In a March 15, 2011 photo, Massey Energy Security Chief Hughie Elbert Stover, center, and his wife, left, are swamped by members of the media as they leave the Federal courthouse in Beckley after. (AP Photo/The Register-Herald, F. Brian Ferguson)
Updated: Check out a story on today’s testimony, here.
A 12-person jury was selected Friday and lawyers are set to begin their opening arguments at 9:30 this morning in the trial of Hughie Elbert Stover, security director at Massey Energy’s Upper Big Branch Mine, where 29 workers died in that terrible explosion back on April 5, 2010.
The explosion was the worst U.S. coal-mining disaster in nearly 40 years, and Stover’s indictment clearly grew out of what government officials say is a sprawling criminal investigation. But his charges don’t directly have anything to do with the explosion or the deaths. Instead, Stover is charged with two felonies: Lying to government investigators and trying to destroy evidence. Together, the two charges carry a maximum penalty of 25 years in jail, with the heavy time — up to 20 years — tied to the second charge, which is technically called “destruction, alteration, falsification of records in federal investigations and bankruptcy.”
Stove had faced three felony counts, but federal prosecutors dropped one of those late last week. Mostly, that move makes for an easier case for prosecutors. They dropped one count that alleged Stover lied to an FBI agent and an MSHA investigator in an interview that wasn’t recorded or transcribed. But they kept another count alleging that he lied in his initial interview with MSHA and state investigators in an interviewed that was transcribed by a court reporter. The difference? Well, now prosecutors don’t have to put agents on the stand to testify about what Stover said in that unrecorded interview, meaning the defense won’t get a chance to try to discredit the agents’ version of those events. Instead, they can just introduce the transcript to show what he said.
Still, prosecutors will still have to convince jurors that Stover lied when he told investigators that Massey had a policy that prohibited security guards from giving advance warning of federal safety and health inspections. Court records indicate that prosecutors have several witnesses who are expected to testify on that point. Prosecutors will also have to prove that Stover told one of his employees to dispose of a bunch of security-related documents kept in a garage on the mine property.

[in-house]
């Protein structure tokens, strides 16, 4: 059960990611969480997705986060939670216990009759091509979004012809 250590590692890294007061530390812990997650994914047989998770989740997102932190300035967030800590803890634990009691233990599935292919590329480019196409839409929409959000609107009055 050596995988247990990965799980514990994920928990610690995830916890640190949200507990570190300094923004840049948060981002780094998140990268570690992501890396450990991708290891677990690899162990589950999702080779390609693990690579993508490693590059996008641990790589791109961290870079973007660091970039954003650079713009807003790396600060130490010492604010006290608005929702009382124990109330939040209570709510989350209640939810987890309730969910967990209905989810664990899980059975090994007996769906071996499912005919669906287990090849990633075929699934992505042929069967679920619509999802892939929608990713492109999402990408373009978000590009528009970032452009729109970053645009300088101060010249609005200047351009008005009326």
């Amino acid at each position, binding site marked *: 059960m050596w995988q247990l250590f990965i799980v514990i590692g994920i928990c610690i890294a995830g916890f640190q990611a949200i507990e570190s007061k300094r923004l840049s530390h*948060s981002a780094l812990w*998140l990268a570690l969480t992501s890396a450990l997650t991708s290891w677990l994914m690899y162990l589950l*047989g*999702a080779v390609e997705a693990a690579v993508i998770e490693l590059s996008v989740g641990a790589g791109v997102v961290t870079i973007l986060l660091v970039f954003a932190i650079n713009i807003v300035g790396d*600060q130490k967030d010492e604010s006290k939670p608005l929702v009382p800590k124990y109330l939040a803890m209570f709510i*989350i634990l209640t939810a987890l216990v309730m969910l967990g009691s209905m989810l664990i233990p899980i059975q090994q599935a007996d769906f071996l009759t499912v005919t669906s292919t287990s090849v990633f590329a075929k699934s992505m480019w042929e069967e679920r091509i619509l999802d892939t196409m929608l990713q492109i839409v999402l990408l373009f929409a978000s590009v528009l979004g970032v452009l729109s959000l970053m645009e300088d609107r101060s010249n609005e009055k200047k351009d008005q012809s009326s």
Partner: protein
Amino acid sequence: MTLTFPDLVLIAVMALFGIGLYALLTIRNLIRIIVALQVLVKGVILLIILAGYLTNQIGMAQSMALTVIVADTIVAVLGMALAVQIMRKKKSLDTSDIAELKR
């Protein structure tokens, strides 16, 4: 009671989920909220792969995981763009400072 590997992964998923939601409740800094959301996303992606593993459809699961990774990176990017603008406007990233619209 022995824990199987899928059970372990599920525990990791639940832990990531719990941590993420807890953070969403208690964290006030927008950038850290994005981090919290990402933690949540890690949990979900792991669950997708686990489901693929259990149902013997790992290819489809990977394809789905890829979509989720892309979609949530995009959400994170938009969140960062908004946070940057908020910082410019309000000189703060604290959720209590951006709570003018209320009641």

Both charges stem from the government’s investigation of concerns that Massey officials used security guards to warn underground foremen and other workers of impending inspections, perhaps giving time for any violations to be quickly remedied. Regular readers will recall that this was a major allegation made against Massey by families of the Upper Big Branch miners during a congressional field hearing held by Rep. George Miller, who was then chairman of the House Committee on Education and Labor.
MSHA chief Joe Main has said that advance warning of inspections is a significant problem for his agency, and has moved to try to deal with the issue. Ironically for Mr. Stover, actually giving advance notice of an MSHA inspection carries a much smaller potential penalty — not more than six months in jail — than the crimes with which he’s been charged. Miller proposed legislation to make this crime a felony, rather than a misdemeanor, but that appears to be going nowhere.
So far, only one other person has been charged with a crime related in any way to the Upper Big Branch Disaster investigation. U.S. District Judge Irene C. Berger, who is also presiding over Stover’s trial, sent former UBB miner Thomas Harrah to jail for 10 months after Harrah admitted to faking foreman’s credentials when he conducted hundreds of mine safety checks at the operation for nearly two years, between January 2008 and August 2009.
Several readers have pointed out to me a story from WalesOnline headlined Gleision Colliery mine manager arrested on suspicion of manslaughter, reporting:
THE manager of Gleision Colliery, in which four miners died last month, has been arrested on suspicion of gross negligence manslaughter.
The man is understood to be Malcolm Fyfield, who himself suffered serious injuries in the Swansea Valley mine at the time of the accident.
Phillip Hill, 44, from Neath, Charles Breslin, 62, David Powell, 50, and Garry Jenkins, 39, all from the Swansea Valley, died in the area in which they were working underground.
Police have been investigating the tragedy since it happened on September 15. The plight of the miners touched the nation and a frantic rescue operation was launched.